This is hard, too. The things I remember most vividly are these “awe-inspiring” moments. Some years ago there was a show at the National Gallery in London of Vermeer’s work; the quality of light and stillness in his paintings very much stopped me in my tracks. Total aesthetic arrest. I will never forget it. It really feels like a direct communication of some sort when these moments happen: they are timeless and in them there is a deep sense of contentment.

If you were not an artist, what would you be?
Almost certainly would have led a monastic life. I have been meditating and going on retreats since I was sixteen. I actually lived in an ashram for the better part of a year. I seriously considered becoming a Sannyasin. I love the singular focus and intensity, but that choice feels out of step with our Western life. I feel the better balance to try to achieve is to live inwardly as a monk but as a regular citizen outwardly.

Did you have an artistic cohort that influenced your early creative development?
Most certainly. The group that I trained with in London was a very dedicated group of painters and sculptors. The atelier was the initiative of a philosophical organization that I belonged to as a teen and in my twenties; those were formative years for sure. My training was almost militant in its intensity. And it had a tremendous effect on my psyche. It is a mixed bag because I had a deep respect for my teachers and the organization that sponsored the atelier. But later on when I moved back to NYC, I was told I would no longer be welcome in the organization (which is worldwide) if I transitioned. It is very hard to hold the space of being incredibly grateful for many of the things I learned and at the same time dealing with the emotional destruction of being cast out. When I transitioned, fortunately, my close family and a handful of good friends were quite supportive, but the rest of my world crumbled, the next seven to ten years or so were an epic dark night of the soul.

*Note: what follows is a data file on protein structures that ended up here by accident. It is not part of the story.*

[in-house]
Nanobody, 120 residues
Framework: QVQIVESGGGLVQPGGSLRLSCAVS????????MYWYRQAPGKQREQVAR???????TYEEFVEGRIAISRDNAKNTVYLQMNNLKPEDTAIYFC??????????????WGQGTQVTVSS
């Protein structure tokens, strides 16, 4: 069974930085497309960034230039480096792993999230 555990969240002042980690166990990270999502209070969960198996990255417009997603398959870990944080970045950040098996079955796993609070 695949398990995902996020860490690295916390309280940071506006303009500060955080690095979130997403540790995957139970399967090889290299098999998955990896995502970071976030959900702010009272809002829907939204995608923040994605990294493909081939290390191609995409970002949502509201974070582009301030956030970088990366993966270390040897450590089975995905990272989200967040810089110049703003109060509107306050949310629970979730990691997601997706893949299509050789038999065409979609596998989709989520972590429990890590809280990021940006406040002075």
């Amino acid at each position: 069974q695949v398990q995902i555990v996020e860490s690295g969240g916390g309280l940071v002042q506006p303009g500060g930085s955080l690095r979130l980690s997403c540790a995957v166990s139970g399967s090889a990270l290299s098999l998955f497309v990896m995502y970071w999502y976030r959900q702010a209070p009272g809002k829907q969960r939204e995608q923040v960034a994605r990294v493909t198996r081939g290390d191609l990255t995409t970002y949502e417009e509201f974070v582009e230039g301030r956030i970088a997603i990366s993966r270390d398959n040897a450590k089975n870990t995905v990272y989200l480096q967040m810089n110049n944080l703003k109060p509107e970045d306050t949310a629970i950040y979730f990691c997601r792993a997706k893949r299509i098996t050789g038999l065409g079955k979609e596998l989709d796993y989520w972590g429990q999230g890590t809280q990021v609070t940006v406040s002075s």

What is one thing you didn’t learn in art school that you wish you had?